“When I Say I Bruise Easily” by Kelsey Hagarman

Kelsey Hagarman


I mean you played movies when you wanted
sex. Abstinence in the temporary form
of Tarantino bloodbaths we had seen
before. After you led me by the hand
straight to the dark basement, I met the epileptic dog
you were paid too much to watch over summer
vacation. Work was easy then—rich white boy
house-sitting turned couch-sitting on red leather,
smooth enough for gawky limbs to slide
across the basement distance. Near the film’s middle,
you pulled me to your lap and kissed to keep me
quiet. Speak, I want to hear about the time
I couldn’t tell the difference from your bruises
and the dog’s again. Once, you were in New York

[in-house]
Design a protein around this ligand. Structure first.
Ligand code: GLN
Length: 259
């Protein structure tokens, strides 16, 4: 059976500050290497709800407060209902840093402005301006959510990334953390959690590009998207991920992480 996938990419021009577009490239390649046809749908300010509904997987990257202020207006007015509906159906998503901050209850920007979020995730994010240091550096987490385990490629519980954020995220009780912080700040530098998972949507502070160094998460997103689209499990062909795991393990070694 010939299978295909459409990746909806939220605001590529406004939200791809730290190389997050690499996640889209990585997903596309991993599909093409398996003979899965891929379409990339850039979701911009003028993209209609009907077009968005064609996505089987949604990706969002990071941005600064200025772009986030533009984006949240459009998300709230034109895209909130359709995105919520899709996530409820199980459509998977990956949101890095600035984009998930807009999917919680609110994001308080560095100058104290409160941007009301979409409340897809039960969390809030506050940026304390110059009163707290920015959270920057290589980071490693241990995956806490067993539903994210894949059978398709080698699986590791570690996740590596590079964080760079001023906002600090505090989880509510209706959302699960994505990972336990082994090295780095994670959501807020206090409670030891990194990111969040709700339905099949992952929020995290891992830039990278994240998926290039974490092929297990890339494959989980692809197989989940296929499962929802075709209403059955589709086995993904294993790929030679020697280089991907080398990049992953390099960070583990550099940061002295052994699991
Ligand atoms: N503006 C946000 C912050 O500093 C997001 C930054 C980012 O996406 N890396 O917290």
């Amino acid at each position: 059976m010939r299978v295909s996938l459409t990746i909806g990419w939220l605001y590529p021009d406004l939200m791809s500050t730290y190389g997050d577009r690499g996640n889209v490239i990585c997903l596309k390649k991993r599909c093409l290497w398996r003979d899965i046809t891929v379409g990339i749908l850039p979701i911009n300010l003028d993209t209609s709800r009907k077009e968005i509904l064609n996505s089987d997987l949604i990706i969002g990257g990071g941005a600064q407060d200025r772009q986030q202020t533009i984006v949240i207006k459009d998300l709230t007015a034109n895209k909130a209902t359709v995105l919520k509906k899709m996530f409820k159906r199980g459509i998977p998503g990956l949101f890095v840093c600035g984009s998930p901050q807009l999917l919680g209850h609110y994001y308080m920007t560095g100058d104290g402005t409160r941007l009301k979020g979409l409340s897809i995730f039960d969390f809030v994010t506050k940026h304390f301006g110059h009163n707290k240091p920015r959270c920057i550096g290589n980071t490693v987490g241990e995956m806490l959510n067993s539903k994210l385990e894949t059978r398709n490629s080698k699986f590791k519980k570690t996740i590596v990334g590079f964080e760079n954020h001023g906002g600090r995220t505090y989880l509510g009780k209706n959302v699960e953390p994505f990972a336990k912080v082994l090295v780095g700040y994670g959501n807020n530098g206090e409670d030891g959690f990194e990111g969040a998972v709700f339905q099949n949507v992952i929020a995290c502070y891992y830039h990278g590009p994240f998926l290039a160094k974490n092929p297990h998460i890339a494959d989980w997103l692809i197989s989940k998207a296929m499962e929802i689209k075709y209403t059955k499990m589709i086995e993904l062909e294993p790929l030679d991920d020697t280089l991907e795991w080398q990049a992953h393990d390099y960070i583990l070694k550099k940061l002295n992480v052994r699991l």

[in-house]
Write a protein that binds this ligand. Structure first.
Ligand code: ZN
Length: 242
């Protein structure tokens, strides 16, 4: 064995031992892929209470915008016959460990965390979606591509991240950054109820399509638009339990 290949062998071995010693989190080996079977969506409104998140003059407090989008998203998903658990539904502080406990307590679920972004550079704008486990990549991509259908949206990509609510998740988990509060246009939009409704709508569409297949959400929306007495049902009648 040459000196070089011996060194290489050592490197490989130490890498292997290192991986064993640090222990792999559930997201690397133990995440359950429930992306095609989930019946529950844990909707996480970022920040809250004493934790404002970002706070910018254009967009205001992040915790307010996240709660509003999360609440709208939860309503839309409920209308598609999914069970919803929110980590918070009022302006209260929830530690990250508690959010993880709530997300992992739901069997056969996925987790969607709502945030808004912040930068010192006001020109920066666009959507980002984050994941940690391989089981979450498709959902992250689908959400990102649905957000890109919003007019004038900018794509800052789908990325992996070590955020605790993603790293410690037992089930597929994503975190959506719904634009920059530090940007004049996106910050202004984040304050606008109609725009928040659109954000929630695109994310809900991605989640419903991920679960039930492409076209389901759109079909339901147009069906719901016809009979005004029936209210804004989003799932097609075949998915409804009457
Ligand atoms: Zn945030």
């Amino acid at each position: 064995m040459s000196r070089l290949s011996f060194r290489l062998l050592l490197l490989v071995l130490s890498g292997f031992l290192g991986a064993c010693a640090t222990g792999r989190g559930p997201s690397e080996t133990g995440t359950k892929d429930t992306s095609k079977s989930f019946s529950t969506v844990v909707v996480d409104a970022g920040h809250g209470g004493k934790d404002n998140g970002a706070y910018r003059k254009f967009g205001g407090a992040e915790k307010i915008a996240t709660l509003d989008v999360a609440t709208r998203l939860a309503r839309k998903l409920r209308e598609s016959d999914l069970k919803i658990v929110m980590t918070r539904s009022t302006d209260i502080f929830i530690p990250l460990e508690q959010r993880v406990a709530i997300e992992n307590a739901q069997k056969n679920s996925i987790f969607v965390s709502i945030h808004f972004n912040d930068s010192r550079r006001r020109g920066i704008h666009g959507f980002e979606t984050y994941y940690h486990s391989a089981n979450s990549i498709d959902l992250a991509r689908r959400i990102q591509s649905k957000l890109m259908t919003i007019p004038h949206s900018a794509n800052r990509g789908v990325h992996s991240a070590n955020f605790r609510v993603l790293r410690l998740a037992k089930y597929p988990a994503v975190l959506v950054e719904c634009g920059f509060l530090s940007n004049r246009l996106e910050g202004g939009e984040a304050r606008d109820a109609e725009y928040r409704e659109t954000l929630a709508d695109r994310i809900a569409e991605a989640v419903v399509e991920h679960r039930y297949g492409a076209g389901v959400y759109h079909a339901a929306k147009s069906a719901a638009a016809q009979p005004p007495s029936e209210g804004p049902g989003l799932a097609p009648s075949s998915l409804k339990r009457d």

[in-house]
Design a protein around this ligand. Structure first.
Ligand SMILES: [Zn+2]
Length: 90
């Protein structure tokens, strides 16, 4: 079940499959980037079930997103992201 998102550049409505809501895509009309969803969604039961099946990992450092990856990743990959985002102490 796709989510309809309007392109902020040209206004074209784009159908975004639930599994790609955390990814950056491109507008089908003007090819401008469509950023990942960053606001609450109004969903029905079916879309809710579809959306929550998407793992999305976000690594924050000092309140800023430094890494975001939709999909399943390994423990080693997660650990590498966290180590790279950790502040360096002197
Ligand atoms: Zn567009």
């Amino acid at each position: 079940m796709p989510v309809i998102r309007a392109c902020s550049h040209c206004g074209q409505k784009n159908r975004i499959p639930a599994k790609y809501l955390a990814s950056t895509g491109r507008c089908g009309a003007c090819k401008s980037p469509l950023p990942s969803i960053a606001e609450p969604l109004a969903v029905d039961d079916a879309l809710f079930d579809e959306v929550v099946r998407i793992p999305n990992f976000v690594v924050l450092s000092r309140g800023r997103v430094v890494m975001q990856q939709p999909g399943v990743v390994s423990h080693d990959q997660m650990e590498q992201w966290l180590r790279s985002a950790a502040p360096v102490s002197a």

and said the city reminded you of me—
today I found a welt on my arm
and thought of you and your girlfriend—
she’s happy she makes you happy,
according to her Twitter, everything is
better. Worse things have happened:
the same fingers made warm inside yours
also trembled to type the lie I found someone else too
then tried to write a poem with nails
to rake down your skinny thighs like a dog or a boy
who will never say sorry, but are really only fingers
that can’t stop the poem from ending
with the shame of somehow I still miss you.

from Rattle #51, Spring 2016
Tribute to Feminist Poets


Kelsey Hagarman: “When I was twelve, my sister and I went on a walk around our neighborhood. A man followed us. Every time I looked into the glass windows of storefronts, his reflection trailed ours. We ran and didn’t stop until we locked our front door. Besides the fear, I remember the wonder that I wasn’t even wearing makeup. As a feminist, I write against gender expectations, to make sense of memories, for myself and any reader who wants to understand the fear and self-loathing of girlhood.”

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